Shirkly’s notion of civic media is not altogether different from social entrepreneurism. Shirkly argues that cognitive surplus WILL change the world. I would disagree with this as I believe it already has. Cognitive surplus is not a new phenomenon it has existed for quite a while. Look at the world around us. The results of cognitive surplus is all around us. How many of us use Wikipedia, one of the greatest open source collections, is also one of the greatest achievements from the industrial world’s cognitive surplus. In a WIRED article Cognitive Surplus: The Great Spare-Time Revolution states that Wikipedia represents around 100 million collect hours of human labor total. Sure that sounds like a lot, but let us put that in perspective-Americans watch about 200 billion hours of TV every year! That is less than 1% of 1% of the total cognitive surplus of America. So where is the rest of our cognitive surplus? Many of us use Facebook daily. This was just one of Mark Zuckerberg’s projects that he attempted while attending Harvard. Another example is snapchat. This started as a side project, and for the most part, is still just a project as they have only now began to monetize it. In fact, the greatest change to personal computing, the app, has grown so popular because anyone can make an app for anything.

Cognitive surplus is radically shaping the world around us and we are only beginning to utilize our cognitive surplus for civic reasons. How do you think that cognitive surplus will affect us in the future? Do you agree that we are moving from a society that consumes in our free time into one that would rather product?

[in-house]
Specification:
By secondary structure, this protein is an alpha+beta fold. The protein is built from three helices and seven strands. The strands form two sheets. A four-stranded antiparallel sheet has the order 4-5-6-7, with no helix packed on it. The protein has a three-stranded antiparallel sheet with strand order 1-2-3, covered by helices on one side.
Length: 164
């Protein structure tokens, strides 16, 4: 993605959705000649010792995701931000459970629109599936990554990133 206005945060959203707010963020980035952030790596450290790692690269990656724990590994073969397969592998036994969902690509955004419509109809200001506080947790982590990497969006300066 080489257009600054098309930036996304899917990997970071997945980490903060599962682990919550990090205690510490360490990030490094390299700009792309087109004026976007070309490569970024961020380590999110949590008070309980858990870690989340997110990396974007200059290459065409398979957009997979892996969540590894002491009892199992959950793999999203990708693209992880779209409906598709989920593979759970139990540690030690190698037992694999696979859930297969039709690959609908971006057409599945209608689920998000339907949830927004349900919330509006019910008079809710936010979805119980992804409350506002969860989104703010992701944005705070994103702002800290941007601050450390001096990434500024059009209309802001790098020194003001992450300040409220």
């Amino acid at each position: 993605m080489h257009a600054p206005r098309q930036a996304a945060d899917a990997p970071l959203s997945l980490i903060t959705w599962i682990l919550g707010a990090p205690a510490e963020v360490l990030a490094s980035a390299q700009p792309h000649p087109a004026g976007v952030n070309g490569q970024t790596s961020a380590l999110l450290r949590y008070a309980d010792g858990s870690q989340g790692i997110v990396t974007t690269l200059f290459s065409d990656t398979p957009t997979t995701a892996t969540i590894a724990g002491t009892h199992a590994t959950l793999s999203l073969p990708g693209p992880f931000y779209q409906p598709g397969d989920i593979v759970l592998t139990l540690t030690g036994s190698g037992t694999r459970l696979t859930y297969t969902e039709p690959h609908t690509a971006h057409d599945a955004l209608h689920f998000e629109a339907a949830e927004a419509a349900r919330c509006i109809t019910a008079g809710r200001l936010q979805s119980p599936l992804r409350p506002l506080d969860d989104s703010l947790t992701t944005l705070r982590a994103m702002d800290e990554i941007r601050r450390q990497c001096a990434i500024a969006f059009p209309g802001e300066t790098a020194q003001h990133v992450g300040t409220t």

Viral Marketing

Marketing can make or break startups. However, it is usually what most novice entrepreneurs overlook when starting their businesses. However, marketing has changed a lot from what it once was. Nowadays, many companies have expanded far from the conventional marketing that dominates the media. Many companies have taken to maintaining blogs and social media accounts. It shouldn’t be a surprise as to why. They want to be talked about, and our new ways of constant communication has led to viral outbreaks and companies want to be a part of it.

In “Why Media Spreads” Jenkins argues that “Part of what allowed the Susan Boyle video to travel as far and as fast as it did was the fact it could travel so far so fast.” This is certainly true. Companies have now been designing their marketing to go viral, because by marketing logic: name recognition = sales. Entrepreneur has composed a list of several marketing campaigns that went viral, and explains why each one of them did.

Viral marketing Outbreak

All of these marketing campaigns have common elements that helped lead to them going viral. Marketing professor Jonah Berger and author of “Contagious: Why Things Catch On” has narrowed the science of viral media down to 6 STEPPS or Social currency, Triggers Emotion, Public, Practical Value, and Stories. The science is simple, media that does a great job of incorporating the above principles will be more likely to go viral. However, as companies begin to unravel the secrets of why we share media they need to exercise caution. The more media that begins to conform to the above principles the less those principles will lead to media going viral due to the desensitization of consumers. However, there is a second and much larger issue that develops with companies focused on viral media. They lose relevance to who they are. I’m sure you have all seen a commercial that has left you thinking “What was that about?” In order to stay ahead of the game and be funny sometimes companies lose sight of building their brand and, although they might make a really funny video, will not impact their sales at all. In the end, companies need to realize that although viral media gives them a great opportunity to be seen they need to focus less on the viral and more on their brand.

Twitter Revisited